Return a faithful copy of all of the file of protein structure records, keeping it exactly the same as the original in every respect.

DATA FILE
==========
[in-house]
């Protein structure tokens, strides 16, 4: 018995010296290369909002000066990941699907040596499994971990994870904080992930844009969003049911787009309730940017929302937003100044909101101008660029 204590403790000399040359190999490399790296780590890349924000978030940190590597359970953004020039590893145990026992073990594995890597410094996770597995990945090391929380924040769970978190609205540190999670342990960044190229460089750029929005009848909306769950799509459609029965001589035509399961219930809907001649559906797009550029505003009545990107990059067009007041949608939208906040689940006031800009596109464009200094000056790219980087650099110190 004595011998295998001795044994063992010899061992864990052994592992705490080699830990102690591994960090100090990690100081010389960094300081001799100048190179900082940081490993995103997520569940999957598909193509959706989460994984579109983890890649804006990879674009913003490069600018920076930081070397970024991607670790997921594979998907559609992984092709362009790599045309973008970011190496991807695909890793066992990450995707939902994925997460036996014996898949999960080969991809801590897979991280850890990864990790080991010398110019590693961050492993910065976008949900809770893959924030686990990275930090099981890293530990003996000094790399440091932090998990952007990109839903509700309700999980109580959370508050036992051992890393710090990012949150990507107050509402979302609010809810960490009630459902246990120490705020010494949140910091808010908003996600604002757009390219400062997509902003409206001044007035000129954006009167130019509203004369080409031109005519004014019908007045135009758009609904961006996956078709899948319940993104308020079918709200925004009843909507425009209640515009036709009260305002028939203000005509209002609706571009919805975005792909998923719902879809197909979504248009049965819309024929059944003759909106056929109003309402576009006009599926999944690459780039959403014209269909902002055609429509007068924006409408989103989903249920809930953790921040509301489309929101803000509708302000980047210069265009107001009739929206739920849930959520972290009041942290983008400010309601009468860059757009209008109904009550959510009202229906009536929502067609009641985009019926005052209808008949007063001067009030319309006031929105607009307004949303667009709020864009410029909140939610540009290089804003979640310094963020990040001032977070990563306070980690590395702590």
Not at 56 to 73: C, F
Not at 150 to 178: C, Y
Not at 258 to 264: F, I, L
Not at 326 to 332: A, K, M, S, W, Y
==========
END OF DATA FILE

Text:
[in-house]
């Protein structure tokens, strides 16, 4: 018995010296290369909002000066990941699907040596499994971990994870904080992930844009969003049911787009309730940017929302937003100044909101101008660029 204590403790000399040359190999490399790296780590890349924000978030940190590597359970953004020039590893145990026992073990594995890597410094996770597995990945090391929380924040769970978190609205540190999670342990960044190229460089750029929005009848909306769950799509459609029965001589035509399961219930809907001649559906797009550029505003009545990107990059067009007041949608939208906040689940006031800009596109464009200094000056790219980087650099110190 004595011998295998001795044994063992010899061992864990052994592992705490080699830990102690591994960090100090990690100081010389960094300081001799100048190179900082940081490993995103997520569940999957598909193509959706989460994984579109983890890649804006990879674009913003490069600018920076930081070397970024991607670790997921594979998907559609992984092709362009790599045309973008970011190496991807695909890793066992990450995707939902994925997460036996014996898949999960080969991809801590897979991280850890990864990790080991010398110019590693961050492993910065976008949900809770893959924030686990990275930090099981890293530990003996000094790399440091932090998990952007990109839903509700309700999980109580959370508050036992051992890393710090990012949150990507107050509402979302609010809810960490009630459902246990120490705020010494949140910091808010908003996600604002757009390219400062997509902003409206001044007035000129954006009167130019509203004369080409031109005519004014019908007045135009758009609904961006996956078709899948319940993104308020079918709200925004009843909507425009209640515009036709009260305002028939203000005509209002609706571009919805975005792909998923719902879809197909979504248009049965819309024929059944003759909106056929109003309402576009006009599926999944690459780039959403014209269909902002055609429509007068924006409408989103989903249920809930953790921040509301489309929101803000509708302000980047210069265009107001009739929206739920849930959520972290009041942290983008400010309601009468860059757009209008109904009550959510009202229906009536929502067609009641985009019926005052209808008949007063001067009030319309006031929105607009307004949303667009709020864009410029909140939610540009290089804003979640310094963020990040001032977070990563306070980690590395702590």
Not at 56 to 73: C, F
Not at 150 to 178: C, Y
Not at 258 to 264: F, I, L
Not at 326 to 332: A, K, M, S, W, Y